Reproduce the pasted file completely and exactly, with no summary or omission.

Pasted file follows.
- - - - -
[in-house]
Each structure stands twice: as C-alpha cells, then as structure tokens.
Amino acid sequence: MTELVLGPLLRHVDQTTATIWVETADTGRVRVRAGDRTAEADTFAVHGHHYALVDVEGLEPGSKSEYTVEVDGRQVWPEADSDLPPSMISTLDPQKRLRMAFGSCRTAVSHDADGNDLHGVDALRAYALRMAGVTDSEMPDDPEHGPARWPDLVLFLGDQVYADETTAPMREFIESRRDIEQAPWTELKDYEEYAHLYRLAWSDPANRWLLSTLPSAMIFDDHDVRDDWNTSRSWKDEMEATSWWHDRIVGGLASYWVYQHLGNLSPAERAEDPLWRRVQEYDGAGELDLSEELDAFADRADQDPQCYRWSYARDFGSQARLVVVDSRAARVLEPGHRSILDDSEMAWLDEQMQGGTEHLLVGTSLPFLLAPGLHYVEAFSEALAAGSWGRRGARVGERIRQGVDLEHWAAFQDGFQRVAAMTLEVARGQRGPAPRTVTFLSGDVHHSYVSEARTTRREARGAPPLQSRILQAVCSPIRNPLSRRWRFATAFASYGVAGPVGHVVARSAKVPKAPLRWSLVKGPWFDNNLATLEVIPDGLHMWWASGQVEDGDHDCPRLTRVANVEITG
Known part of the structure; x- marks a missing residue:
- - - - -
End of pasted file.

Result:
[in-house]
Each structure stands twice: as C-alpha cells, then as structure tokens.
Amino acid sequence: MTELVLGPLLRHVDQTTATIWVETADTGRVRVRAGDRTAEADTFAVHGHHYALVDVEGLEPGSKSEYTVEVDGRQVWPEADSDLPPSMISTLDPQKRLRMAFGSCRTAVSHDADGNDLHGVDALRAYALRMAGVTDSEMPDDPEHGPARWPDLVLFLGDQVYADETTAPMREFIESRRDIEQAPWTELKDYEEYAHLYRLAWSDPANRWLLSTLPSAMIFDDHDVRDDWNTSRSWKDEMEATSWWHDRIVGGLASYWVYQHLGNLSPAERAEDPLWRRVQEYDGAGELDLSEELDAFADRADQDPQCYRWSYARDFGSQARLVVVDSRAARVLEPGHRSILDDSEMAWLDEQMQGGTEHLLVGTSLPFLLAPGLHYVEAFSEALAAGSWGRRGARVGERIRQGVDLEHWAAFQDGFQRVAAMTLEVARGQRGPAPRTVTFLSGDVHHSYVSEARTTRREARGAPPLQSRILQAVCSPIRNPLSRRWRFATAFASYGVAGPVGHVVARSAKVPKAPLRWSLVKGPWFDNNLATLEVIPDGLHMWWASGQVEDGDHDCPRLTRVANVEITG
Known part of the structure; x- marks a missing residue: